The issue of trades training and how to help more young people transition from school to a trade qualification is often raised with me. As my grandfather used to say, "a trade is a job for life, son". For many this used to happen through an apprenticeship.
As skills shortages emerge across many sectors and with the Christchurch rebuild set to continue over the next few years, opportunities in the trade sectors will only increase. At the same time, as the economy starts to gain momentum, the need for skilled and qualified tradesmen and women can only increase. It's imperative there are enough skilled Kiwis to fill those jobs.
To meet these shortfalls and to offer young workers a better chance to get a foot on the career ladder Prime Minister John Key has recently announced a boost to the number of apprenticeships available nationwide with an increase in the support they and their employers can receive. All apprentices will now be combined into a single nationwide scheme - New Zealand Apprenticeships. The scheme will provide new financial incentives for employers and workers to take up more apprenticeships.
This is positive news for local sectors and trades which are calling for more bright young people to enter the workforce. High quality workplace-based training produces measurably more skilled and qualified workers, and is a critical part of building a faster-growing, more competitive economy.
These new apprenticeships will provide the same level of support, and the same level of subsidy, for all apprentices. In addition, overall subsidy payments will be increased by around $12 million in the first year, rising over time. We're also giving the first 10,000 new apprentices who enrol after April 1 up to $2000 towards tools and course-related costs. Their employers will receive the same amount.
By rebooting apprenticeships the Government estimates there will be an additional 14,000 new apprentices starting training over the next five years - over and above the 7000 who enrol every year.
In conjunction, much-needed changes will be made to the industry training system. These include clarifying the roles of Industry Training Organisations (ITOs), increasing the performance expected from them and enabling learners to transition easily between workplace-based and non-workplace based training.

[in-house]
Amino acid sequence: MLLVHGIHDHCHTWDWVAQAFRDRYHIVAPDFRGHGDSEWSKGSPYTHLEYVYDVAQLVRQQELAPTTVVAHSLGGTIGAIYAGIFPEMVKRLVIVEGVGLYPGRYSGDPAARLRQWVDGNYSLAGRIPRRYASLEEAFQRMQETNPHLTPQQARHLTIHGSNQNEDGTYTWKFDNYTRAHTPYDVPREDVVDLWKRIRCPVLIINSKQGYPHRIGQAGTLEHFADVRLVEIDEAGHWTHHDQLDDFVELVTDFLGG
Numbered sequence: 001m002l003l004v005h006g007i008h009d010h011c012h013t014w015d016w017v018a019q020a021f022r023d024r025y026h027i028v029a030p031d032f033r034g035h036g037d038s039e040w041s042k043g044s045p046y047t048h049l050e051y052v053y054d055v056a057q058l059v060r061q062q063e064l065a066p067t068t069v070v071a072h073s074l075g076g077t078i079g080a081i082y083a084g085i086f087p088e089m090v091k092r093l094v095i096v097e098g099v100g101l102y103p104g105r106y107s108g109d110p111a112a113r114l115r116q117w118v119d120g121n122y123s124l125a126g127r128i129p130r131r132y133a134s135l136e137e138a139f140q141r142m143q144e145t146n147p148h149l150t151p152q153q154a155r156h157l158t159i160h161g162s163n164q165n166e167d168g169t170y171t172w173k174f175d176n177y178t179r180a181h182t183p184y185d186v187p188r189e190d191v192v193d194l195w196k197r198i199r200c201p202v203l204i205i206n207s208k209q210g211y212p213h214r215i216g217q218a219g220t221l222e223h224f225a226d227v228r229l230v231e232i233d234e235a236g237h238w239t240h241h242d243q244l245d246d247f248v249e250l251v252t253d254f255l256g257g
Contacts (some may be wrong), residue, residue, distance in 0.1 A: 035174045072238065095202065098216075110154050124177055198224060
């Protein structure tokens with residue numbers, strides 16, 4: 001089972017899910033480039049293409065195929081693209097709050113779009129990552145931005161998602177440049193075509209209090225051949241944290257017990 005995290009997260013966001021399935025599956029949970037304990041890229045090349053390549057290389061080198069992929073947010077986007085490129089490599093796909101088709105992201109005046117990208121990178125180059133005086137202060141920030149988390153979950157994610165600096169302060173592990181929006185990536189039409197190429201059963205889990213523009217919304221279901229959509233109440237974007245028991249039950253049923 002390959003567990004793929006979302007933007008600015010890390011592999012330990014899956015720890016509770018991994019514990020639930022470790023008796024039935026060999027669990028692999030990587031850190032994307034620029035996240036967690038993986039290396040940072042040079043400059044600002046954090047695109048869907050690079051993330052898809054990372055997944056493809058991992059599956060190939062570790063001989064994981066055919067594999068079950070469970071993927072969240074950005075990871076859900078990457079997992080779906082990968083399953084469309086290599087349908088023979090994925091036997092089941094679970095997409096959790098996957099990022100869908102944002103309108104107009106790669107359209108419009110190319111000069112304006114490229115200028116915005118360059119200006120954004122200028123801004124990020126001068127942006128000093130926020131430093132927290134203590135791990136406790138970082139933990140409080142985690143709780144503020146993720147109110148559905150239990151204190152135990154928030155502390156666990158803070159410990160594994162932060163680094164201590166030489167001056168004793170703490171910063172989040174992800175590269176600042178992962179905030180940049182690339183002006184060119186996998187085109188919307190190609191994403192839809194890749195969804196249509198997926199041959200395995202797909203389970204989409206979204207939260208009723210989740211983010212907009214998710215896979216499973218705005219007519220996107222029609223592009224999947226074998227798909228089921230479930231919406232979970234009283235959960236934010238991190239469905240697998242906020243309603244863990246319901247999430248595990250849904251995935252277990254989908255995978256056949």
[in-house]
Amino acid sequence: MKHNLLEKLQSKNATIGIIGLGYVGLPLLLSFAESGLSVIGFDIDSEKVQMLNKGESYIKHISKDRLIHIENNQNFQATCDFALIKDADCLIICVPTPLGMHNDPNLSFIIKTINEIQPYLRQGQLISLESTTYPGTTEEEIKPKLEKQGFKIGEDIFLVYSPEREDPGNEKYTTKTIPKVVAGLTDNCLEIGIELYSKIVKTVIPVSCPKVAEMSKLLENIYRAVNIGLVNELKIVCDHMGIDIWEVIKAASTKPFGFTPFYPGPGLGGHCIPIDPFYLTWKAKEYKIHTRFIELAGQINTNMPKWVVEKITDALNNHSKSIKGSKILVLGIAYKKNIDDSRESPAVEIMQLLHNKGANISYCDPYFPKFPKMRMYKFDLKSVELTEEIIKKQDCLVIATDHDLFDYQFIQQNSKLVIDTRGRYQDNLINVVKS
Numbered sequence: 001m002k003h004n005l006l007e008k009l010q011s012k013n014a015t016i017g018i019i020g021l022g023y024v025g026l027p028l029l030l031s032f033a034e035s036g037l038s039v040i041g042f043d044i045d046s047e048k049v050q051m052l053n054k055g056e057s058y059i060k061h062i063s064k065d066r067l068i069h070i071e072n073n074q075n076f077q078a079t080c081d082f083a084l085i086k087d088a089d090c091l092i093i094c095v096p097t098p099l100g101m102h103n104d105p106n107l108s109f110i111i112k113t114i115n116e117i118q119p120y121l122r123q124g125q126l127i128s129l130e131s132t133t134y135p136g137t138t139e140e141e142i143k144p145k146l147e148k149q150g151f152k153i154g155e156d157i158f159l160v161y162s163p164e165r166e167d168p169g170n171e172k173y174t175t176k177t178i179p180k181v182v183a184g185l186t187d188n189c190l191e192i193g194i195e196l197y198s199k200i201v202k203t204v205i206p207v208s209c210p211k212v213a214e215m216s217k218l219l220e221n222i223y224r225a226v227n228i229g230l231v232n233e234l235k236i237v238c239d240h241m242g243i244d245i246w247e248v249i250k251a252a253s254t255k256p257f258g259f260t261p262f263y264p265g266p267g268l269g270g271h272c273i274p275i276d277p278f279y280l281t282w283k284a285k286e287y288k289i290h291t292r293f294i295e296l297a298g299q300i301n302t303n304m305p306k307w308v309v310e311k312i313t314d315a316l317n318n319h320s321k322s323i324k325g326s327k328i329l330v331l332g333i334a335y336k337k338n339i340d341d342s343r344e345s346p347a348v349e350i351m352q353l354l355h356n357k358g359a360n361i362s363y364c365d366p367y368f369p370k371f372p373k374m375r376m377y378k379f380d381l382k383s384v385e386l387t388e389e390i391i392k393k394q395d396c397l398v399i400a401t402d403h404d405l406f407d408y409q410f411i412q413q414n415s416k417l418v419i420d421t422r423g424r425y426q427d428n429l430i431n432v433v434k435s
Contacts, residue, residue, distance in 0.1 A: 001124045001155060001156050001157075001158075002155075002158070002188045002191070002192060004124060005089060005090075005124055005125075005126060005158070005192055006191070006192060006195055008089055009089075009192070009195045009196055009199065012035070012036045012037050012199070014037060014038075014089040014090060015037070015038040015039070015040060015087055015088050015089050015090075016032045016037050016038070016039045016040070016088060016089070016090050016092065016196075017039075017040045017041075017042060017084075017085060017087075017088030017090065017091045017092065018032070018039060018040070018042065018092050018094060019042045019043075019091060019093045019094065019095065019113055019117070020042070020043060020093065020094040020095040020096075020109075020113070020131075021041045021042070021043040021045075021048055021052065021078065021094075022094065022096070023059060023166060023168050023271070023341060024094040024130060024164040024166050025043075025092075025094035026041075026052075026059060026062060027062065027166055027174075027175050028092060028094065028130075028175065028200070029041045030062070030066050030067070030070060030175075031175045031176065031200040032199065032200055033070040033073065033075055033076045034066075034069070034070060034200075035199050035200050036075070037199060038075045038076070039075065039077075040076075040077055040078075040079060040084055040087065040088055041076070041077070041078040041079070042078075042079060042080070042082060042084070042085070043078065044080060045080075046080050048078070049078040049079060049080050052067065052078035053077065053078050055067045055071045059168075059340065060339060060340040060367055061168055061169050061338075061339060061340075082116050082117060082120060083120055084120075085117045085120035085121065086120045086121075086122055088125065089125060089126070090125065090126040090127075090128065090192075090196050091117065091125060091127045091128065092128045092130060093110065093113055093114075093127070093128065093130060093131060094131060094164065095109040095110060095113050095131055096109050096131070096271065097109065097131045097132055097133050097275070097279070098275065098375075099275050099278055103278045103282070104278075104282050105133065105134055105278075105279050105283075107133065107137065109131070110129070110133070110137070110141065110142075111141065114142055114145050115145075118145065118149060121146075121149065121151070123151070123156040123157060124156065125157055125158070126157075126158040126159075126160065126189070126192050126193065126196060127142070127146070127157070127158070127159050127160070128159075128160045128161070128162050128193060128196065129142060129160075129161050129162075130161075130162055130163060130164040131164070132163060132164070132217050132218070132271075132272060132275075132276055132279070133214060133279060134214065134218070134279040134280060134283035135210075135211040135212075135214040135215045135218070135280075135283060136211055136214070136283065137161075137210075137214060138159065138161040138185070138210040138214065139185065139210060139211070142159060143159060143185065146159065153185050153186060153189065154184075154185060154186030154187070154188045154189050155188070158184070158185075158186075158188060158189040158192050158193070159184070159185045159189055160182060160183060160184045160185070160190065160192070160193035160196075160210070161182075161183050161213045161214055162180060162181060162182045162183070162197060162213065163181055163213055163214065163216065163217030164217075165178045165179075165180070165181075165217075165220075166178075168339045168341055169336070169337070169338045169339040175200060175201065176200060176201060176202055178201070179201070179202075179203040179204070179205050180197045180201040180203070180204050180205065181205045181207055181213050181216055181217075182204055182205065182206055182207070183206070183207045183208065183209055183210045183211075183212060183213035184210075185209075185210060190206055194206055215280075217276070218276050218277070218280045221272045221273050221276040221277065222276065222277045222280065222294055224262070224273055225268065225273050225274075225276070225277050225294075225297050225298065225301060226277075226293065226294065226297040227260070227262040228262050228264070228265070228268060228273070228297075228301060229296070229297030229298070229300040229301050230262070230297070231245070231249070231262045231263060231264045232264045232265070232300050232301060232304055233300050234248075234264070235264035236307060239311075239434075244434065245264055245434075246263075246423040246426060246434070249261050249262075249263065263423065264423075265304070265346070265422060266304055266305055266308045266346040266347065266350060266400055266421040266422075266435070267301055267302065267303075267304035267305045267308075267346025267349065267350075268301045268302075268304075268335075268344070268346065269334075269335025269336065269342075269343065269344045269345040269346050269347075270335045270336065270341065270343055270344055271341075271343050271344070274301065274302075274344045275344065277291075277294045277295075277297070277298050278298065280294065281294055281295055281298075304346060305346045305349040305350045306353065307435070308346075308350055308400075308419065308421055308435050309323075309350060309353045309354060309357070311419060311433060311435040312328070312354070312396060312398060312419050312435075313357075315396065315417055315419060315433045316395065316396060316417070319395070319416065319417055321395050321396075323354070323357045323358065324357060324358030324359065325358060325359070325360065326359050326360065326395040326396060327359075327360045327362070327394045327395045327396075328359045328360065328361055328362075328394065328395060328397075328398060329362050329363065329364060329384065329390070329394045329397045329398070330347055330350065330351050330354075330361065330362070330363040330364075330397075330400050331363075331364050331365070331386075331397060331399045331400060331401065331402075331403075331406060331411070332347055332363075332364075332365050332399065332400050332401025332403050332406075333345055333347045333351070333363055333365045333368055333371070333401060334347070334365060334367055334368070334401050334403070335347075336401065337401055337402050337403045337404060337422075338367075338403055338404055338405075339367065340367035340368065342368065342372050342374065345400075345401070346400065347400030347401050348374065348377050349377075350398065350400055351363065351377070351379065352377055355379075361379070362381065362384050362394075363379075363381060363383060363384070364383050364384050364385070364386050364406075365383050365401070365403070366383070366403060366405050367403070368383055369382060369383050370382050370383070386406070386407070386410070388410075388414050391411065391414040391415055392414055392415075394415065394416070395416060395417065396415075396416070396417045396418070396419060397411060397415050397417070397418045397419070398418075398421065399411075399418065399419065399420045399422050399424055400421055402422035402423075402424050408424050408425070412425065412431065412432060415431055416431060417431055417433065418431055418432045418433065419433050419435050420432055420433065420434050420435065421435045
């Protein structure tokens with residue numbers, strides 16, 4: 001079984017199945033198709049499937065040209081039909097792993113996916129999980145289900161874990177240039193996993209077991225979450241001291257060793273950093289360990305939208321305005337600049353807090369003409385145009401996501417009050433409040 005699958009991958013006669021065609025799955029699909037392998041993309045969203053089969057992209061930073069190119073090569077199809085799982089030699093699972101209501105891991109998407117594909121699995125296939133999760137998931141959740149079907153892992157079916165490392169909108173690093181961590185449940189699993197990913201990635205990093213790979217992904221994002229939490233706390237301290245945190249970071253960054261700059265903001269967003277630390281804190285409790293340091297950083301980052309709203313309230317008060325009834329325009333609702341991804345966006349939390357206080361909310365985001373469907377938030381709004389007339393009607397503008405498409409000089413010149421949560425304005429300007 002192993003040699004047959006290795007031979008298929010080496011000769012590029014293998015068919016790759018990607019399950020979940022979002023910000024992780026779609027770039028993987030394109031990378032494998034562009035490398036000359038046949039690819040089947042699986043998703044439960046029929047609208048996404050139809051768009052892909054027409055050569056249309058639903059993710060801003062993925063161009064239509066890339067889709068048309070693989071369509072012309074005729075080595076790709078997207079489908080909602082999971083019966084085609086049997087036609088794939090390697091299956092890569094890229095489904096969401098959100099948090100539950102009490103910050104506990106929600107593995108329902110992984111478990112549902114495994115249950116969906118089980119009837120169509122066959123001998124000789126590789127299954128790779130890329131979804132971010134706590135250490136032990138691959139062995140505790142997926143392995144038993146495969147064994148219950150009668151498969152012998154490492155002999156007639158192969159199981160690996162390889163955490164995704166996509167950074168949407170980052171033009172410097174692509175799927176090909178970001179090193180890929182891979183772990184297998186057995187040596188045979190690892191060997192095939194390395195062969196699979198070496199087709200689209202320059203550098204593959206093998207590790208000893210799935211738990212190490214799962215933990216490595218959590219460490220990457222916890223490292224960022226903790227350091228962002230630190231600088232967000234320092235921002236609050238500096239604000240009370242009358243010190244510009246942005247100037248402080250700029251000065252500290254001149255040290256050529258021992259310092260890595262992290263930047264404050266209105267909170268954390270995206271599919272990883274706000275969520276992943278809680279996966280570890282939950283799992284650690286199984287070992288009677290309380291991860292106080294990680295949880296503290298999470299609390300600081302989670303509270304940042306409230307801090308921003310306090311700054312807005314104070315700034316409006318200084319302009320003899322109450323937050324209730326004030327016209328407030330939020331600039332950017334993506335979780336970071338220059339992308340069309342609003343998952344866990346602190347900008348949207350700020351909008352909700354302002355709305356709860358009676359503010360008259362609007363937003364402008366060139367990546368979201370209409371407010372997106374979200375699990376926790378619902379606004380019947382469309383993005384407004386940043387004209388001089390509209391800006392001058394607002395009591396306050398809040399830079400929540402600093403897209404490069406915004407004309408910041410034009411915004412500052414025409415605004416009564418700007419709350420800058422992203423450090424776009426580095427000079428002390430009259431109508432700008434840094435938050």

The revised system will ensure ITOs work well alongside tertiary providers, and help deliver a comprehensive results-focused vocational education and training system for employees. This means more focused support for Rotorua's tertiary providers like Waiariki Institute of Technology and Te Wananga O Aotearoa.
These changes are part of our comprehensive suite of vocational training reforms which are creating a simpler, more effective, vocational training system.
Other initiatives already in motion include providing clear vocational pathways for young people interested in a vocational career, Trades Academies and Youth Guarantee places to ease transitions from secondary school to vocational training, and a major reduction in the number of qualifications at Levels One to Six to make the system easier to navigate for students and employers.
By making these changes to the apprenticeship system, we expect it will drive a higher level of qualification completions in industry training so more workers, especially young people, are equipped with transferable and practical skills they can use throughout their working lives. We want to ensure all young people are achieving worthwhile qualifications and being given every opportunity to progress to higher levels of education to improve their earning potential.
If you'd like more information about these new apprenticeships scheme have a look at my website http://www.toddmcclay.co.nz, contact my friendly staff on (07) 348 5871 or email me directly at firstname.lastname@example.org/.